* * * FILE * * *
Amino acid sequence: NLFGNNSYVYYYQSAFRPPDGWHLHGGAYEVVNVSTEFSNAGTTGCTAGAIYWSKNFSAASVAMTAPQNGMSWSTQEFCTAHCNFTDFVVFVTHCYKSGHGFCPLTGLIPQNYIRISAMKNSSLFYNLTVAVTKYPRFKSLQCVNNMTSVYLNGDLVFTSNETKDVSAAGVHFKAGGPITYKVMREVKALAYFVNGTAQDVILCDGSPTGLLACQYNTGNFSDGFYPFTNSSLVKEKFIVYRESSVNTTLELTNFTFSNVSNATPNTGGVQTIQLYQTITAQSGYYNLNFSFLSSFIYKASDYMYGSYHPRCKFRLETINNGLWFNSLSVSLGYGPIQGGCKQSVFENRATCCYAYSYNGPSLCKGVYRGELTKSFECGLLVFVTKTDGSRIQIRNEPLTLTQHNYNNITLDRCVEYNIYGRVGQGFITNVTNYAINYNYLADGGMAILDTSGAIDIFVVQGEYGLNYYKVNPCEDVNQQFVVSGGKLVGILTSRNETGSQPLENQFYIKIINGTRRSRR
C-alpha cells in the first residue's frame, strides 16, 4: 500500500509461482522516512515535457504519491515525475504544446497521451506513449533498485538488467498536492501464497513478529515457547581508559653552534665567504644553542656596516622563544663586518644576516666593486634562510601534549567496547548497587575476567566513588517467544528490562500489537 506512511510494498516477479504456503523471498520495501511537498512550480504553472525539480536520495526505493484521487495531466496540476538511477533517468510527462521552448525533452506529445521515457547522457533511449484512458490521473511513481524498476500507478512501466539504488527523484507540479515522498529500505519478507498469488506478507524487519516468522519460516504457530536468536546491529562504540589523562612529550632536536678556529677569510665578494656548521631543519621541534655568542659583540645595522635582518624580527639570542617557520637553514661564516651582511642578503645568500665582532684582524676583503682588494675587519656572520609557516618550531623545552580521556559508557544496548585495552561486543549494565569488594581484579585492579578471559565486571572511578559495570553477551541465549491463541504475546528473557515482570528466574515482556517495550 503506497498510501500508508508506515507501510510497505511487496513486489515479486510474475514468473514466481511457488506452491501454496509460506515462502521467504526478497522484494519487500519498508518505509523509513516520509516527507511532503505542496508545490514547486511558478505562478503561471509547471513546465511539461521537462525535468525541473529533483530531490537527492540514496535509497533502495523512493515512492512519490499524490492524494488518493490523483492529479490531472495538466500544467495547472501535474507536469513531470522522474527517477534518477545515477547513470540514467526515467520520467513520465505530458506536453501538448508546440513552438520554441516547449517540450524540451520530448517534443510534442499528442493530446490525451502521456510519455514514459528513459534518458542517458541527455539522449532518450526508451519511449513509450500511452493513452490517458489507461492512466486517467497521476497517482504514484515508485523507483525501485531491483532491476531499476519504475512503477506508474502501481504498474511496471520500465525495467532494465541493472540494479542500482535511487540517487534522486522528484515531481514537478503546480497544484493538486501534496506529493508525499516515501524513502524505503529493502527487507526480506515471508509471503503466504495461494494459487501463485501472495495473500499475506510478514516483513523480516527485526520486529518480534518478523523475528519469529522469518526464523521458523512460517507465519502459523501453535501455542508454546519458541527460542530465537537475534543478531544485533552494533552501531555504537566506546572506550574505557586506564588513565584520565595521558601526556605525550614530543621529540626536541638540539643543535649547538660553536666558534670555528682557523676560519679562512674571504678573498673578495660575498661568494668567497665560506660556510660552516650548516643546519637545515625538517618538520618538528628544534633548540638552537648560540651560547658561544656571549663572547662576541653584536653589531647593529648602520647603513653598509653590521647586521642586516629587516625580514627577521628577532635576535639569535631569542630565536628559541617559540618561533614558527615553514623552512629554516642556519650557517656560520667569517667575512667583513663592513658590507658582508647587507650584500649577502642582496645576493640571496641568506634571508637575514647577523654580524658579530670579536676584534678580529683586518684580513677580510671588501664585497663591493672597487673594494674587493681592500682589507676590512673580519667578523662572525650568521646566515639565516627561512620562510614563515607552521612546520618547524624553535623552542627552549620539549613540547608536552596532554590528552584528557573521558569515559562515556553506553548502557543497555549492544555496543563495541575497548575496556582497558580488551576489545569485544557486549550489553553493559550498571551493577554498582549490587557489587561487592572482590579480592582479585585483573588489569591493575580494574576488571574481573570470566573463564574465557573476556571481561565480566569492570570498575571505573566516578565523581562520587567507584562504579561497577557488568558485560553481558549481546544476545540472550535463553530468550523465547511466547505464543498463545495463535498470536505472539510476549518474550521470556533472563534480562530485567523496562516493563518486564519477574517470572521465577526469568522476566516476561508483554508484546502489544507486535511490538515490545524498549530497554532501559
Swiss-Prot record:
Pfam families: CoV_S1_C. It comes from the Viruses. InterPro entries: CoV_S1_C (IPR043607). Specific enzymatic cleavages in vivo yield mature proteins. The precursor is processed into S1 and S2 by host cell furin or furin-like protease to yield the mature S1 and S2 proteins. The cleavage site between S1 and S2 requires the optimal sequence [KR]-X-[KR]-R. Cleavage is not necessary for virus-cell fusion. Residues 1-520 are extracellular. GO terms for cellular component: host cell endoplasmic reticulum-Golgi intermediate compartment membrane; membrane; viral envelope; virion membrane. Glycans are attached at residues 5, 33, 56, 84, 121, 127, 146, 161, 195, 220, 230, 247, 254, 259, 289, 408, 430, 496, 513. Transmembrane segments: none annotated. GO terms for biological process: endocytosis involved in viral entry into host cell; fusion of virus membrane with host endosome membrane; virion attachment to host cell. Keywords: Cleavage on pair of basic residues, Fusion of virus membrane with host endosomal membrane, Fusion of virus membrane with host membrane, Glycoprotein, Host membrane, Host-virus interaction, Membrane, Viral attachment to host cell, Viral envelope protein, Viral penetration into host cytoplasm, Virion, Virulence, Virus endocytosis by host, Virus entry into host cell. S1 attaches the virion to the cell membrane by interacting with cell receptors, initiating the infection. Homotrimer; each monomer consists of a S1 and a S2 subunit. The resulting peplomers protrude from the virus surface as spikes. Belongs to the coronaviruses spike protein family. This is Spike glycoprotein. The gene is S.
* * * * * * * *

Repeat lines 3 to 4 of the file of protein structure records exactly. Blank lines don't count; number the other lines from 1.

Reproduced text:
Swiss-Prot record:
Pfam families: CoV_S1_C. It comes from the Viruses. InterPro entries: CoV_S1_C (IPR043607). Specific enzymatic cleavages in vivo yield mature proteins. The precursor is processed into S1 and S2 by host cell furin or furin-like protease to yield the mature S1 and S2 proteins. The cleavage site between S1 and S2 requires the optimal sequence [KR]-X-[KR]-R. Cleavage is not necessary for virus-cell fusion. Residues 1-520 are extracellular. GO terms for cellular component: host cell endoplasmic reticulum-Golgi intermediate compartment membrane; membrane; viral envelope; virion membrane. Glycans are attached at residues 5, 33, 56, 84, 121, 127, 146, 161, 195, 220, 230, 247, 254, 259, 289, 408, 430, 496, 513. Transmembrane segments: none annotated. GO terms for biological process: endocytosis involved in viral entry into host cell; fusion of virus membrane with host endosome membrane; virion attachment to host cell. Keywords: Cleavage on pair of basic residues, Fusion of virus membrane with host endosomal membrane, Fusion of virus membrane with host membrane, Glycoprotein, Host membrane, Host-virus interaction, Membrane, Viral attachment to host cell, Viral envelope protein, Viral penetration into host cytoplasm, Virion, Virulence, Virus endocytosis by host, Virus entry into host cell. S1 attaches the virion to the cell membrane by interacting with cell receptors, initiating the infection. Homotrimer; each monomer consists of a S1 and a S2 subunit. The resulting peplomers protrude from the virus surface as spikes. Belongs to the coronaviruses spike protein family. This is Spike glycoprotein. The gene is S.